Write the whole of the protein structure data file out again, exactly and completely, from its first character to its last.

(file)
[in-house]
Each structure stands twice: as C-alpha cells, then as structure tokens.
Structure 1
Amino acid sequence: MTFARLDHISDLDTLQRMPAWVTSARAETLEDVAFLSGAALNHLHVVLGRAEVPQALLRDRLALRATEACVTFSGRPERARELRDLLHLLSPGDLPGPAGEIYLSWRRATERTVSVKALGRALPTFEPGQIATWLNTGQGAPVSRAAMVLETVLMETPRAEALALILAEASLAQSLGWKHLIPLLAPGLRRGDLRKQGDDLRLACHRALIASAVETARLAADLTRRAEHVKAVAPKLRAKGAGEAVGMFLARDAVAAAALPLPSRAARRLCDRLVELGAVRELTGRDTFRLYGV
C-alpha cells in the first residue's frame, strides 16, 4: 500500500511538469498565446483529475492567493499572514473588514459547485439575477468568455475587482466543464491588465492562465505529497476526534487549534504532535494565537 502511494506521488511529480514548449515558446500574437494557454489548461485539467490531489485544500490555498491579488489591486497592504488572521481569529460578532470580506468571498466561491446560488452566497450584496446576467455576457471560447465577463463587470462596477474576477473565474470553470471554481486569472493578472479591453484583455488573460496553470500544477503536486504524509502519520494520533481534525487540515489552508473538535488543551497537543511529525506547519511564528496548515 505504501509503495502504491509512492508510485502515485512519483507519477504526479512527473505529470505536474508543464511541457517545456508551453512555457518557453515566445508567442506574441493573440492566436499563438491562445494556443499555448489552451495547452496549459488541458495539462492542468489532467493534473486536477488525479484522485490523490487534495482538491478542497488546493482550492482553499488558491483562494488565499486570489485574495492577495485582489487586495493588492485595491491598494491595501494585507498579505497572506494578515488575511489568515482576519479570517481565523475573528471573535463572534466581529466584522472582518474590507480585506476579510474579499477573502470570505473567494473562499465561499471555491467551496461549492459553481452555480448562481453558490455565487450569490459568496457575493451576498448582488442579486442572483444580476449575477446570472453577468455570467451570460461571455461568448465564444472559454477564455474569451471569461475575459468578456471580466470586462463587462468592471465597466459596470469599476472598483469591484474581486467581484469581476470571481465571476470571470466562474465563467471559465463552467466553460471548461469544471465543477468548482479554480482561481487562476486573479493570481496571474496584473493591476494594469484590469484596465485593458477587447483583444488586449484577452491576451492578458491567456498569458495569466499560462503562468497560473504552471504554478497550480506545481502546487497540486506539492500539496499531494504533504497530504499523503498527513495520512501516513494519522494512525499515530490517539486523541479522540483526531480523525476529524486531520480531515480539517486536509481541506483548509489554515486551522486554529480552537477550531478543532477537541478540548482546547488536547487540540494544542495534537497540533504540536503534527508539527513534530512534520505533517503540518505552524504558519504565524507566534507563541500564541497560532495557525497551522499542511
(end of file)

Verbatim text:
[in-house]
Each structure stands twice: as C-alpha cells, then as structure tokens.
Structure 1
Amino acid sequence: MTFARLDHISDLDTLQRMPAWVTSARAETLEDVAFLSGAALNHLHVVLGRAEVPQALLRDRLALRATEACVTFSGRPERARELRDLLHLLSPGDLPGPAGEIYLSWRRATERTVSVKALGRALPTFEPGQIATWLNTGQGAPVSRAAMVLETVLMETPRAEALALILAEASLAQSLGWKHLIPLLAPGLRRGDLRKQGDDLRLACHRALIASAVETARLAADLTRRAEHVKAVAPKLRAKGAGEAVGMFLARDAVAAAALPLPSRAARRLCDRLVELGAVRELTGRDTFRLYGV
C-alpha cells in the first residue's frame, strides 16, 4: 500500500511538469498565446483529475492567493499572514473588514459547485439575477468568455475587482466543464491588465492562465505529497476526534487549534504532535494565537 502511494506521488511529480514548449515558446500574437494557454489548461485539467490531489485544500490555498491579488489591486497592504488572521481569529460578532470580506468571498466561491446560488452566497450584496446576467455576457471560447465577463463587470462596477474576477473565474470553470471554481486569472493578472479591453484583455488573460496553470500544477503536486504524509502519520494520533481534525487540515489552508473538535488543551497537543511529525506547519511564528496548515 505504501509503495502504491509512492508510485502515485512519483507519477504526479512527473505529470505536474508543464511541457517545456508551453512555457518557453515566445508567442506574441493573440492566436499563438491562445494556443499555448489552451495547452496549459488541458495539462492542468489532467493534473486536477488525479484522485490523490487534495482538491478542497488546493482550492482553499488558491483562494488565499486570489485574495492577495485582489487586495493588492485595491491598494491595501494585507498579505497572506494578515488575511489568515482576519479570517481565523475573528471573535463572534466581529466584522472582518474590507480585506476579510474579499477573502470570505473567494473562499465561499471555491467551496461549492459553481452555480448562481453558490455565487450569490459568496457575493451576498448582488442579486442572483444580476449575477446570472453577468455570467451570460461571455461568448465564444472559454477564455474569451471569461475575459468578456471580466470586462463587462468592471465597466459596470469599476472598483469591484474581486467581484469581476470571481465571476470571470466562474465563467471559465463552467466553460471548461469544471465543477468548482479554480482561481487562476486573479493570481496571474496584473493591476494594469484590469484596465485593458477587447483583444488586449484577452491576451492578458491567456498569458495569466499560462503562468497560473504552471504554478497550480506545481502546487497540486506539492500539496499531494504533504497530504499523503498527513495520512501516513494519522494512525499515530490517539486523541479522540483526531480523525476529524486531520480531515480539517486536509481541506483548509489554515486551522486554529480552537477550531478543532477537541478540548482546547488536547487540540494544542495534537497540533504540536503534527508539527513534530512534520505533517503540518505552524504558519504565524507566534507563541500564541497560532495557525497551522499542511